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Goodbye Gumby

Art Clokey, creator of the world-famous claymation character Gumby, has passed away this last week after a long battle with infection. He was 88.

Mr. Clokey (born Arthur Farrington in Detroit, before he was given up for adoption at age 11) and his wife Ruth created an avant-garde claymation short film, Gumbasia, in the early 1950’s. Clokey said he took the term from “gumbo”, a common rural term for sticky mud that is heavy with clay. Soon after that film had a successful run on the film festival circuit, Art created the green character Gumby, with an asymmetrical head based on a photo of his own father’s sculpted hair. Soon Art was animated short Gumby films and packaging them together as TV shows. Along the way he created characters like Gumby’s “pony pal” Pokey, their friends Prickle (a cranky dinosaur/dragon) and Goo (an optimistic shape-shifting whatsit), and the villainous blockheads. Later on in the 1960’s, Clokey was hired by the Lutheran Church Council to create a TV series called Davy and Goliath, in which a young boy and his talking dog studied the Bible and learned about Christian values.

Art Clokey is survived, of course, by his creations — who have since become cultural icons in past few decades. Gumby himself has more than 100,000 fans on Facebook.

Goodbye Roy

Sadder news today from the world of Disney…

Roy E. Disney has died, at the age 0f 79, after a long battle with stomach cancer. The nephew of Walt Disney himself, Roy E. was the son of Walt’s brother Roy O. Disney, who was famous as being the financial brains behind many of Walt’s craziest ideas — like, animated feature films and theme parks. Roy E. spent almost all of his adult life working for his uncle and father’s company, in many different capacities. In the 1950’s and 1960’s he worked as a writer on famous short films in the True Life Adventures series, like The Living Desert and The Vanishing Prairie, as well as the TV series Zorro. (It seems appropriate that, most recently, Roy was involved in the creation of the Disney Earth series of documentaries.) In many circles though, what Roy E. became best known for was his staunch defense of the Disney company’s reputation as an animation powerhouse and pioneer. In the 1980’s, when Roy was a Disney board member and he felt that the animation quality was drifting (The Black Cauldron, anyone?), Roy lead a revolt among the stockholders that lead to the ouster of Disney chairman Ron Miller (who was married to Walt’s daughter Diane). This lead to Michael Eisner taking on the leadership of the Disney company, and soon enough lead to an animation renaissance that would produce such hits as The Little Mermaid, Beauty and the Beast, and The Lion King. Twenty years later, when Pixar was booting Disney’s traditional butt at the box office regularly, Roy again lead a stockholder revolt that lead to Michael Eisner being stripped of many of his powers at the company. Roy was a loud promoter of traditional 2D animation, even when it didn’t always make financial sense. Fantasia 2000 owes a large part of its existence to Roy’s efforts while he was head of Walt Disney Feature Animation. That film may not have broken records at the box office, but many fans of traditional animation celebrated Roy for seeing that it got made and released. At more than one public appearance, Roy was given a standing ovation by adoring animation fans. Your humble ed-otter can attest to being among them. So thank you, Roy. And blessed be.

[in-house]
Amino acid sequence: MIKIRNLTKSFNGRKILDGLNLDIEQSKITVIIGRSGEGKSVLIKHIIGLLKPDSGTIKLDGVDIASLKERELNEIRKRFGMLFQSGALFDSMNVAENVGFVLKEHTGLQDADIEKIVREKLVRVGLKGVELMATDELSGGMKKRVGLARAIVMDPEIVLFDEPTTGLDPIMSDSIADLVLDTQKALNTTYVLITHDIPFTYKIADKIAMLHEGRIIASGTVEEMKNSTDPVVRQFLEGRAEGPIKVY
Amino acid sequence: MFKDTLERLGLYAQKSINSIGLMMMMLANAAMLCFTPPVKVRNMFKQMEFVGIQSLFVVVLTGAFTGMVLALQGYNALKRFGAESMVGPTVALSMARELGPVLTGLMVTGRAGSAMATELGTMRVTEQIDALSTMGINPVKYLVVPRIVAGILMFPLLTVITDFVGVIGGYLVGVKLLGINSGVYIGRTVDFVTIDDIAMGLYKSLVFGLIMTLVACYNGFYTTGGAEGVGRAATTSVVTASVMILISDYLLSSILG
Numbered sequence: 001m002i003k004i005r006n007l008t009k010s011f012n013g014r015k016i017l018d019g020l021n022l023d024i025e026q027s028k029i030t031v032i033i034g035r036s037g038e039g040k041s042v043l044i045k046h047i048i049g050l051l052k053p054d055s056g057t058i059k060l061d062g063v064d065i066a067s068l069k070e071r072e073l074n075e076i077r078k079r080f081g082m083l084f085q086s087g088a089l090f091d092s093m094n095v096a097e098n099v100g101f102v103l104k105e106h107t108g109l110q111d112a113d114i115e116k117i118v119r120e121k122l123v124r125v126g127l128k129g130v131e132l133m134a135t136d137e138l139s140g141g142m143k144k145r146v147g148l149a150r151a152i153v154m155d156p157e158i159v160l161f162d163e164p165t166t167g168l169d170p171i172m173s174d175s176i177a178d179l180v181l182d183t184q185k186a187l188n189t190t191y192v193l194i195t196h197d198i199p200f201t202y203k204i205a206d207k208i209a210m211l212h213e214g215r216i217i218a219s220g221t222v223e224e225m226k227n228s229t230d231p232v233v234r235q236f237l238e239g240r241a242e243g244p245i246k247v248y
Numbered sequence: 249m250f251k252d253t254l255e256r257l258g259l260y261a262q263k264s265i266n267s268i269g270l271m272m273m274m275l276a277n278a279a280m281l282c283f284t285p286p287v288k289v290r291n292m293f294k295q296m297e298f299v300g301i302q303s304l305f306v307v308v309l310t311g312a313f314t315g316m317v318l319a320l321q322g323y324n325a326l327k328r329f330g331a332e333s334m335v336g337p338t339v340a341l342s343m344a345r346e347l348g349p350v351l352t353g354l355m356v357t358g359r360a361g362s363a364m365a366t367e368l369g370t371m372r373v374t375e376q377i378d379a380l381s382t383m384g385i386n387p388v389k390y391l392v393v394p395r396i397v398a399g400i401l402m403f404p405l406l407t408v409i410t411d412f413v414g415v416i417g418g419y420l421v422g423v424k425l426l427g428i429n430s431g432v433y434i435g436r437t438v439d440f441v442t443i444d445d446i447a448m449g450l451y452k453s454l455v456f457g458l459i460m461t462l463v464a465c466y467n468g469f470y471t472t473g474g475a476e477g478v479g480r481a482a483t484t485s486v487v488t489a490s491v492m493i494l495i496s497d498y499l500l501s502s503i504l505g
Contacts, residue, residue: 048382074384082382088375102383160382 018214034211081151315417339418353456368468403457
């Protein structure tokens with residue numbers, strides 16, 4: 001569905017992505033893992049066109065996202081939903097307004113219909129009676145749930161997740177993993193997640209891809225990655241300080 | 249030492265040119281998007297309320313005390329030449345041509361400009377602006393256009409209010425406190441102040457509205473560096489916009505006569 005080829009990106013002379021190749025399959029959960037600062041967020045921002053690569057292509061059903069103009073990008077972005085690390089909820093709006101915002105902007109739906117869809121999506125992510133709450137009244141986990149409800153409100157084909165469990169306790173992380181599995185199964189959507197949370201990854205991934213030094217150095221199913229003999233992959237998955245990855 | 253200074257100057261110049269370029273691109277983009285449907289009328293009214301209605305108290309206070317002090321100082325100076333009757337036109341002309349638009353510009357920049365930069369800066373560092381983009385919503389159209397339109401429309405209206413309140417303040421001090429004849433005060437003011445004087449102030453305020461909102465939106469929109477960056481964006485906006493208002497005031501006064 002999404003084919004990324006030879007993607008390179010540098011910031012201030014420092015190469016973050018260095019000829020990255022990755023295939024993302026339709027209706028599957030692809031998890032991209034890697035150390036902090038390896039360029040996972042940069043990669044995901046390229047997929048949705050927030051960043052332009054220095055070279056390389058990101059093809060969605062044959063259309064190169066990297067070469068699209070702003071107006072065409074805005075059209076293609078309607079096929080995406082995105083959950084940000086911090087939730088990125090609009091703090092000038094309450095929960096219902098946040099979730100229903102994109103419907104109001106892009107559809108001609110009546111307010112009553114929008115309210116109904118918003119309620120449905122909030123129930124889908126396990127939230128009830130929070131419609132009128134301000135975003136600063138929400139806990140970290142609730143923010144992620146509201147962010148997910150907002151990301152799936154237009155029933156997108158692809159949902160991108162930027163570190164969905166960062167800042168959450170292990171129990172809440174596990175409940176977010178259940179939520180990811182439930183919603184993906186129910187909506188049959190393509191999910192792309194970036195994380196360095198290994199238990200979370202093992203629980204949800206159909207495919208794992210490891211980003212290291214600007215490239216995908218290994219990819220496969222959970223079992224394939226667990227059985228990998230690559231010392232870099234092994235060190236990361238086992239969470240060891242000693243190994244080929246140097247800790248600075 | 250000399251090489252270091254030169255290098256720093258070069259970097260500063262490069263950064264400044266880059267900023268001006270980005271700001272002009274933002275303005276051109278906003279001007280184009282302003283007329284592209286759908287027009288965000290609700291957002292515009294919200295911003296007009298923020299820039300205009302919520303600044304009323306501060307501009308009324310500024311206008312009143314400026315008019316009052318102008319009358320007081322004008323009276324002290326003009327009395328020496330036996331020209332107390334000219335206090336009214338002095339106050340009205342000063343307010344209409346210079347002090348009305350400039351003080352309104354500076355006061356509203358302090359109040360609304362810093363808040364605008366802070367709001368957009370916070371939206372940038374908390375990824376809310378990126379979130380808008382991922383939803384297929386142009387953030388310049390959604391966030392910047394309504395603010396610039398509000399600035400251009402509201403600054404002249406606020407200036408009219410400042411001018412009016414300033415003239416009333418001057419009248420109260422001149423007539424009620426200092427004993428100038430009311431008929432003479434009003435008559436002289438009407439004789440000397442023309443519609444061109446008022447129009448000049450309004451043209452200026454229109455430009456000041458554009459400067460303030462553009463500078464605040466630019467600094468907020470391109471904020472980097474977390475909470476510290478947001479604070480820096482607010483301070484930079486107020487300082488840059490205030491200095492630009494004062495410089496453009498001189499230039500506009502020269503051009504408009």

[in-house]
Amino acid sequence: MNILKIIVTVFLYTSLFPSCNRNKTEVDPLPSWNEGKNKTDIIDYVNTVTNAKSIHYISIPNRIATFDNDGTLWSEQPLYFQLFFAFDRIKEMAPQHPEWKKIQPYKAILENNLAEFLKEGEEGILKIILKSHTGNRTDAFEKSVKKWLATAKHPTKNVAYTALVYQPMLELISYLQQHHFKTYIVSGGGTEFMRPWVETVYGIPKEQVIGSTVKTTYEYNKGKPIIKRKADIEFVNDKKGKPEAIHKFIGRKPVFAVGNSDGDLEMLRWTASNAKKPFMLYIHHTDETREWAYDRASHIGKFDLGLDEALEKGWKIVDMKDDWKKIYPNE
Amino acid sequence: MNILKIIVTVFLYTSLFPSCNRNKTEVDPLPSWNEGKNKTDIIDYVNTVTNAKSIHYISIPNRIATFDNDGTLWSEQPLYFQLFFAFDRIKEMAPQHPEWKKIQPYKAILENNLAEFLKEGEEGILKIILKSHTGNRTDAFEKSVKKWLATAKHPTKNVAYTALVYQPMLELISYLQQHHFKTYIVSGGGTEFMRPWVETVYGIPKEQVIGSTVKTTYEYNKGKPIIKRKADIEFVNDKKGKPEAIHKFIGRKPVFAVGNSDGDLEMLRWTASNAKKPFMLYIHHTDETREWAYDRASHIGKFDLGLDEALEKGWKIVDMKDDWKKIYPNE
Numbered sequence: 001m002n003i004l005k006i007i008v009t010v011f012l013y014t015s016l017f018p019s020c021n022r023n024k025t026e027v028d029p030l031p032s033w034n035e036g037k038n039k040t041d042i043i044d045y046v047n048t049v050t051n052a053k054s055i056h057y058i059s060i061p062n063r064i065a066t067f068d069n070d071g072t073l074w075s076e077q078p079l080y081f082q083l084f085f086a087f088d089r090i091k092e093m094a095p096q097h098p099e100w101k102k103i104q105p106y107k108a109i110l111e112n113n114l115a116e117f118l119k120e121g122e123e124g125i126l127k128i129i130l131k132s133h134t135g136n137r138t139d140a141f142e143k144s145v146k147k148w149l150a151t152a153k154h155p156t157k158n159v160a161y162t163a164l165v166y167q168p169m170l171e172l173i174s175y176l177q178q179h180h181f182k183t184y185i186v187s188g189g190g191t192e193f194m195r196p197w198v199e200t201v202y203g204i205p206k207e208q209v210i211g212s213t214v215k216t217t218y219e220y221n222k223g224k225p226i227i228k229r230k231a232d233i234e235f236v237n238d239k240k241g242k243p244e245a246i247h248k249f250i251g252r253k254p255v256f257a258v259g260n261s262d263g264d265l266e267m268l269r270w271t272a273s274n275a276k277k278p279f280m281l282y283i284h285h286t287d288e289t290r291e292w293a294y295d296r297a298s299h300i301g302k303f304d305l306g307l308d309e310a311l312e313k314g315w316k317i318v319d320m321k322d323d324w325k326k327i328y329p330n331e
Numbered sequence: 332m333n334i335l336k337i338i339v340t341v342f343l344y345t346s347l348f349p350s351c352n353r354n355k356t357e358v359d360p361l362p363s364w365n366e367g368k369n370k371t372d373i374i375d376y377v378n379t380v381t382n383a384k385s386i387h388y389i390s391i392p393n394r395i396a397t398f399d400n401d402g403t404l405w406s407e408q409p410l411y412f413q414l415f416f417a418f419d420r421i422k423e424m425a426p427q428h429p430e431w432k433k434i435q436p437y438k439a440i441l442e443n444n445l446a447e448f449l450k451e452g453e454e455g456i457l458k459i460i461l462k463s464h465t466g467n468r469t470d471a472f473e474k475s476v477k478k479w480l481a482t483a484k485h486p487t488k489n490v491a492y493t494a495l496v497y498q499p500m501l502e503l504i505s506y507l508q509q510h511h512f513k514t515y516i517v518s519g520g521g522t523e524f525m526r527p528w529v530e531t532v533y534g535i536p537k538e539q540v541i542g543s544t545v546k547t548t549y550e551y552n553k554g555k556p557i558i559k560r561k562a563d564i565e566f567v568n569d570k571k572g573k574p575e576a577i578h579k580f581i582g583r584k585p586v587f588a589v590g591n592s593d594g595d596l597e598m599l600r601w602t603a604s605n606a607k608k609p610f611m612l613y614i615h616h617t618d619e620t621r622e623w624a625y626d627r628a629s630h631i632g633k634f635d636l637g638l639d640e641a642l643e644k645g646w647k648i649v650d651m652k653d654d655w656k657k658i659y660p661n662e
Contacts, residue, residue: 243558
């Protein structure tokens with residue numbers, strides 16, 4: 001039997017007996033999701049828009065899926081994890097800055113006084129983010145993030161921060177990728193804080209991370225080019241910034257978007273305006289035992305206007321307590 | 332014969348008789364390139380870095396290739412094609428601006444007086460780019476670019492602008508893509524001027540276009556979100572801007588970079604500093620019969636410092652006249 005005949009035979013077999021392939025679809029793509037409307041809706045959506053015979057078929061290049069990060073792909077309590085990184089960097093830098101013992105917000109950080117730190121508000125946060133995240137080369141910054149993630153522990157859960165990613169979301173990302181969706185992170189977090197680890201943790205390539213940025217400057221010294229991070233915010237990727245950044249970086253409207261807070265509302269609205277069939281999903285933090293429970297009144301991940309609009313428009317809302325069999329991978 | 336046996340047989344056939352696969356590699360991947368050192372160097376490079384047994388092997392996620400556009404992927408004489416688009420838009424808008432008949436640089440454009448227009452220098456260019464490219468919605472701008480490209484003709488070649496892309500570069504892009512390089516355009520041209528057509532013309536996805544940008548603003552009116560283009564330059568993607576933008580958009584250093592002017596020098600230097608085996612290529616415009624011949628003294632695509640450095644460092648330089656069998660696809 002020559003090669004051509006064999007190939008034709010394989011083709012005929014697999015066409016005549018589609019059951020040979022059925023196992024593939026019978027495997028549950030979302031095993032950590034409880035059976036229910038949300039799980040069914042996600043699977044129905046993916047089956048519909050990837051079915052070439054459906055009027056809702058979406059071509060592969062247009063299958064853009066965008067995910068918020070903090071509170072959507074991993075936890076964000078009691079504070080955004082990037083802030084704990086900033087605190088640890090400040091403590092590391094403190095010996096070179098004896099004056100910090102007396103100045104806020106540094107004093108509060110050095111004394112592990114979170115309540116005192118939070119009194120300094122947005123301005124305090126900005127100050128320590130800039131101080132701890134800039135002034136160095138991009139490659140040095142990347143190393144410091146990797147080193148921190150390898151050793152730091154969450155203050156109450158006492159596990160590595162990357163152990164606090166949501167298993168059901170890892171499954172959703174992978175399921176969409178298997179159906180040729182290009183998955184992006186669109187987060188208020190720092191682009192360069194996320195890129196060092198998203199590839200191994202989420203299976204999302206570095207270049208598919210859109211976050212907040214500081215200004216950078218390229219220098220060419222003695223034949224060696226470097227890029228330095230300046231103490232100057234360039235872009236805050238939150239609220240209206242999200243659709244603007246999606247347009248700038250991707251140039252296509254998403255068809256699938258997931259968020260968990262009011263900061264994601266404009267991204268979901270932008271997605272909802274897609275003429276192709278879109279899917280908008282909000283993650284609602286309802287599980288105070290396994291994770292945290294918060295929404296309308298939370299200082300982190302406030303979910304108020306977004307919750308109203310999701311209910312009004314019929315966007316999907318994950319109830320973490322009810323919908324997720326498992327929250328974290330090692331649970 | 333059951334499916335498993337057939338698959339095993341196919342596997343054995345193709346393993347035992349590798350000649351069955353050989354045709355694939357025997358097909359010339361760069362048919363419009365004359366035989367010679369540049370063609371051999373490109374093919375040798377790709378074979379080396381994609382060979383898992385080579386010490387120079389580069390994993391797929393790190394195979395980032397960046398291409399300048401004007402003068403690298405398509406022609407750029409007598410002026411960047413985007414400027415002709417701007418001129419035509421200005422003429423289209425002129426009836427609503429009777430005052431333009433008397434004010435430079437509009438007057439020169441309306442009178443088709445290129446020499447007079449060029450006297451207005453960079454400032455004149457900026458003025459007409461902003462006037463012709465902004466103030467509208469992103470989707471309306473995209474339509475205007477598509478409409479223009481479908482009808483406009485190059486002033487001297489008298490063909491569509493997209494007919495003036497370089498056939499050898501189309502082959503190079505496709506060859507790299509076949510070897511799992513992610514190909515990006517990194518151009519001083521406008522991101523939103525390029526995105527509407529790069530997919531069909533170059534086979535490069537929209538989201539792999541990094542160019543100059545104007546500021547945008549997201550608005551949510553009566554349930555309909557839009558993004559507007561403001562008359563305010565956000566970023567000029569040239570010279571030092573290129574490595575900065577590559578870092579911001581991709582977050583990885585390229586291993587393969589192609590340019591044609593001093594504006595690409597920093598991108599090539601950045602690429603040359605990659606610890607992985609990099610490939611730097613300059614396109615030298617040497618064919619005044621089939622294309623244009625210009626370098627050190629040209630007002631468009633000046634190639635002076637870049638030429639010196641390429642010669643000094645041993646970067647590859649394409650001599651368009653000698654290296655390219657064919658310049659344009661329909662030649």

Peter Laird Speaks!

The June 2009 issue of Previews magalog featured an interview with Teenage Mutant Ninja Turtles co-creator Peter Laird. Among other things, they asked him “What are you reading?”. Here’s what Peter had to say: “I don’t read many comics these days, but the two that stick out are Usagi Yojimbo by Stan Sakai and Runners by Sean Wang. UsagiYojimbo has been around as long as the Turtles, and Stan Sakai has performed the admirable feat of doing it all himself for the last twenty-five years, and just getting better at it as he continues. I’d say Usagi Yojimbo is pretty much the gold standard for serious anthropomorphic comics. [Might have something to do with why it won the Ursa Major Award for Best Anthropomorphic Comic Book for five years running — Ye Ed-Otter] Runners is a much younger book — I think Sean Wang has only been doing it for the last decade or so — and it doesn’t come out on a regular basis. But when it does, I eagerly read it, as it combines great, detailed art with a very clever science fiction storyline. [Visit Sean’s web site to find out more.] At the risk of sounding self-serving, there’s another book (published by Mirage Studios) that, in my opinion, is worth checking out — Tales of the TMNT. It’s not a series with an ongoing continuity like my TMNT comic, but rather a more free-ranging exercise in which pretty much each issue is a single story. This series features a wide array of different artists and writers, some Mirage veterans, and others new to the business. It’s an exciting mix.” So says one of the originals, folks.

R.I.P., Dom DeLuise

Dominick “Dom” DeLuise, a plus-sized and well-known comic actor, passed away at the age of 75 on Monday, May 4th. In addition to his many roles in comedy films — most famously associated with Mel Brooks and/or Burt Reynolds — he was also well known as a voice-actor in animated films.  Among his classic characters were Jeremy the Crow from Secret of NIMH, Tiger the Cat from An American Tail, Itchy from All Dogs Go To Heaven, and Fagin from Disney’s Oliver and Company, as well as various voices from the TV series that were spun off from those features and others.  Dom DeLuise: 1933 – 2009.